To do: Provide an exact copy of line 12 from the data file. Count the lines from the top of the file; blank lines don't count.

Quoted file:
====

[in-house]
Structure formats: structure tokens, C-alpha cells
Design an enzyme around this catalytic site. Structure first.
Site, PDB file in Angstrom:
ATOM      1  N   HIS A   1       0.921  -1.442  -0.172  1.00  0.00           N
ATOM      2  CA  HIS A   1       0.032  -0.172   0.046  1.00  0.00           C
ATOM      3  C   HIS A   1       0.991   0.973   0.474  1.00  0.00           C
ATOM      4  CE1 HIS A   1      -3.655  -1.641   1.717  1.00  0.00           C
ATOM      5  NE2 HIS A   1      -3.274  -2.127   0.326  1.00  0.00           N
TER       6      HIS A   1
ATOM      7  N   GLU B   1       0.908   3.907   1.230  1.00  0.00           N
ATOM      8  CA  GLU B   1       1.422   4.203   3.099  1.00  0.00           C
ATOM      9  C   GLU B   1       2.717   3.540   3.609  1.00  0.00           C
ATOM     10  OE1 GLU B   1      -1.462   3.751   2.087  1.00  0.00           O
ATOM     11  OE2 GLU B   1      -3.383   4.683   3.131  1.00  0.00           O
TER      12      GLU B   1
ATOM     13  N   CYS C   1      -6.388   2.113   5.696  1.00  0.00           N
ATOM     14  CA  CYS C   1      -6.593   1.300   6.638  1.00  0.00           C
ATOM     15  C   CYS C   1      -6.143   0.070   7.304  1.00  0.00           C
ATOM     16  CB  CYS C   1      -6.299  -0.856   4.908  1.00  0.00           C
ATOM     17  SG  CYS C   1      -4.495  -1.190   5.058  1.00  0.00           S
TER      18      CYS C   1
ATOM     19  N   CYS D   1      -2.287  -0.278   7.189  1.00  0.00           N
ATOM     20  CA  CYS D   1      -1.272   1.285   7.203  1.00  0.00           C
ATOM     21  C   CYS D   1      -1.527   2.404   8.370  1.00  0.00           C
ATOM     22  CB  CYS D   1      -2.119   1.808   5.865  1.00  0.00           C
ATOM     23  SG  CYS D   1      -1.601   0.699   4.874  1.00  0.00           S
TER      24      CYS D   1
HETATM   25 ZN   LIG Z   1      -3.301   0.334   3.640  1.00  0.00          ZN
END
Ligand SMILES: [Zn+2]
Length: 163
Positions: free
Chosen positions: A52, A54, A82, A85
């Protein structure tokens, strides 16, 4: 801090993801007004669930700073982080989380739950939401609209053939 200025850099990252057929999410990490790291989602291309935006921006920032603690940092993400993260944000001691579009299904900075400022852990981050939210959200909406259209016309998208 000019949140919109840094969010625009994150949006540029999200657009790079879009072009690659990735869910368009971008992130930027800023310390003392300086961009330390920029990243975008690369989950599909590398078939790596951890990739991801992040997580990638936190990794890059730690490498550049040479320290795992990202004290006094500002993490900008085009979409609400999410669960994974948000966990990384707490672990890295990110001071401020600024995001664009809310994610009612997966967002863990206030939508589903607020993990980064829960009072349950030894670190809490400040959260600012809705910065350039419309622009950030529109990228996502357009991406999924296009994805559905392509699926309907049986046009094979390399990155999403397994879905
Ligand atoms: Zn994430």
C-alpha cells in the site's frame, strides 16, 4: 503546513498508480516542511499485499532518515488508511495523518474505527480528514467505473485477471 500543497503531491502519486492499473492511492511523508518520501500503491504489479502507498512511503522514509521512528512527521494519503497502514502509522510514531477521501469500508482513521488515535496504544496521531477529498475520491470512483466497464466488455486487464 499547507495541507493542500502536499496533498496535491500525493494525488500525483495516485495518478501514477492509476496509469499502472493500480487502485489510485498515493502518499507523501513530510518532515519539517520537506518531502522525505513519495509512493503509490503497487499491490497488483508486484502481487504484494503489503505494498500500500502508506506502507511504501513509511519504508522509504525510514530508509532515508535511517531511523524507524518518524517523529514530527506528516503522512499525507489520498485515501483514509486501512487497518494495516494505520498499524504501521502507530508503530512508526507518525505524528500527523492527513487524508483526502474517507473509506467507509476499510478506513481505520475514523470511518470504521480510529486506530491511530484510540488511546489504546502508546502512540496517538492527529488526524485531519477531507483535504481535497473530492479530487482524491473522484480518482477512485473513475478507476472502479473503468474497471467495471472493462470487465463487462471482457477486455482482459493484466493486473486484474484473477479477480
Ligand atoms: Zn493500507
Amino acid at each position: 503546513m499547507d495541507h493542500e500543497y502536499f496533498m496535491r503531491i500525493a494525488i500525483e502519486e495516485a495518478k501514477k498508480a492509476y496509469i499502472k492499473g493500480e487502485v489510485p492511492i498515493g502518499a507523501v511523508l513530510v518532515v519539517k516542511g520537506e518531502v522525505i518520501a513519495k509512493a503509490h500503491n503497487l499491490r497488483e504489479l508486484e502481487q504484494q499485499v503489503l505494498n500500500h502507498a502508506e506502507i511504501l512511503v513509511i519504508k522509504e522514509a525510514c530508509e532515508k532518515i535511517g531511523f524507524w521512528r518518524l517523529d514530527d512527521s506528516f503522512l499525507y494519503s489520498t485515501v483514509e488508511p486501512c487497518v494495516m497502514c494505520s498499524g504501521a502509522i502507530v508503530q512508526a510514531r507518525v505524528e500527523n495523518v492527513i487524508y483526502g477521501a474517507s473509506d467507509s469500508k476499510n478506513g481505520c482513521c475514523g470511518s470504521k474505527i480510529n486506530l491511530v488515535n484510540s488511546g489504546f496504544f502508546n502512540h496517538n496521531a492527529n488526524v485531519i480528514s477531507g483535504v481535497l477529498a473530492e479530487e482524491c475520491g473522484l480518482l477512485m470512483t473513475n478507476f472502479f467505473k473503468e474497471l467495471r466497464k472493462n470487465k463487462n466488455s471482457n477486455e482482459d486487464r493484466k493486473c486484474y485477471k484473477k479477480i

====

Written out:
ATOM      8  CA  GLU B   1       1.422   4.203   3.099  1.00  0.00           C